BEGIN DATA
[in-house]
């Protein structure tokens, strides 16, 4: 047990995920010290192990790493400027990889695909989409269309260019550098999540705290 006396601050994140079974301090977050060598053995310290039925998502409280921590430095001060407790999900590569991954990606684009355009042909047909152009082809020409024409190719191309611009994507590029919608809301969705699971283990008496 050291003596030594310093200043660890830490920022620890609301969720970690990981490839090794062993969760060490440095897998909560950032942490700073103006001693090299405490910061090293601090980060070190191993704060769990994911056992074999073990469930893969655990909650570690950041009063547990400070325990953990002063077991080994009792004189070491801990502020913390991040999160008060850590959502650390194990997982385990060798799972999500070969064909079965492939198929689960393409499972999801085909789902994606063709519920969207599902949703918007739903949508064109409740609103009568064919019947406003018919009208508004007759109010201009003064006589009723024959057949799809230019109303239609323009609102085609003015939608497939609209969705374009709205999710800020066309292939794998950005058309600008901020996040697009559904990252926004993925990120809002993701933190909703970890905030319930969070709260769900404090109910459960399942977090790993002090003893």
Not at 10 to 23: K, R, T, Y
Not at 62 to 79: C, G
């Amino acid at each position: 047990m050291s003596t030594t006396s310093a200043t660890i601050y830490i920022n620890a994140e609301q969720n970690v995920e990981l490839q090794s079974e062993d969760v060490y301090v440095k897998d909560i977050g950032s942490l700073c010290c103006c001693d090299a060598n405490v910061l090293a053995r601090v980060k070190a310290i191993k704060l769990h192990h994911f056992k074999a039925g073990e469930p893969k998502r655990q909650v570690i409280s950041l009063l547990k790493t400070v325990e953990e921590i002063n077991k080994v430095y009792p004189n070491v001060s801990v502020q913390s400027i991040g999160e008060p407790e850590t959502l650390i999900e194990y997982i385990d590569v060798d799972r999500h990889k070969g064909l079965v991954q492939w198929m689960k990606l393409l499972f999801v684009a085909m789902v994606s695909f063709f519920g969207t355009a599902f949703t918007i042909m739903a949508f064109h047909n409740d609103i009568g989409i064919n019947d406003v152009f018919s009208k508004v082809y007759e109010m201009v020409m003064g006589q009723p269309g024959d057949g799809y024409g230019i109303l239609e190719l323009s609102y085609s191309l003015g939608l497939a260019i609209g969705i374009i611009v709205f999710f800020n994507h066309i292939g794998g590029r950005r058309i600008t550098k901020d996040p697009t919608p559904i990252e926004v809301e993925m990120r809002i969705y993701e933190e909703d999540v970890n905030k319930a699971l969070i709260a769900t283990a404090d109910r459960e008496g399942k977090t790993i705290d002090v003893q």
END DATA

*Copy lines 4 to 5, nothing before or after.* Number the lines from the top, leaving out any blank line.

Not at 62 to 79: C, G
């Amino acid at each position: 047990m050291s003596t030594t006396s310093a200043t660890i601050y830490i920022n620890a994140e609301q969720n970690v995920e990981l490839q090794s079974e062993d969760v060490y301090v440095k897998d909560i977050g950032s942490l700073c010290c103006c001693d090299a060598n405490v910061l090293a053995r601090v980060k070190a310290i191993k704060l769990h192990h994911f056992k074999a039925g073990e469930p893969k998502r655990q909650v570690i409280s950041l009063l547990k790493t400070v325990e953990e921590i002063n077991k080994v430095y009792p004189n070491v001060s801990v502020q913390s400027i991040g999160e008060p407790e850590t959502l650390i999900e194990y997982i385990d590569v060798d799972r999500h990889k070969g064909l079965v991954q492939w198929m689960k990606l393409l499972f999801v684009a085909m789902v994606s695909f063709f519920g969207t355009a599902f949703t918007i042909m739903a949508f064109h047909n409740d609103i009568g989409i064919n019947d406003v152009f018919s009208k508004v082809y007759e109010m201009v020409m003064g006589q009723p269309g024959d057949g799809y024409g230019i109303l239609e190719l323009s609102y085609s191309l003015g939608l497939a260019i609209g969705i374009i611009v709205f999710f800020n994507h066309i292939g794998g590029r950005r058309i600008t550098k901020d996040p697009t919608p559904i990252e926004v809301e993925m990120r809002i969705y993701e933190e909703d999540v970890n905030k319930a699971l969070i709260a769900t283990a404090d109910r459960e008496g399942k977090t790993i705290d002090v003893q």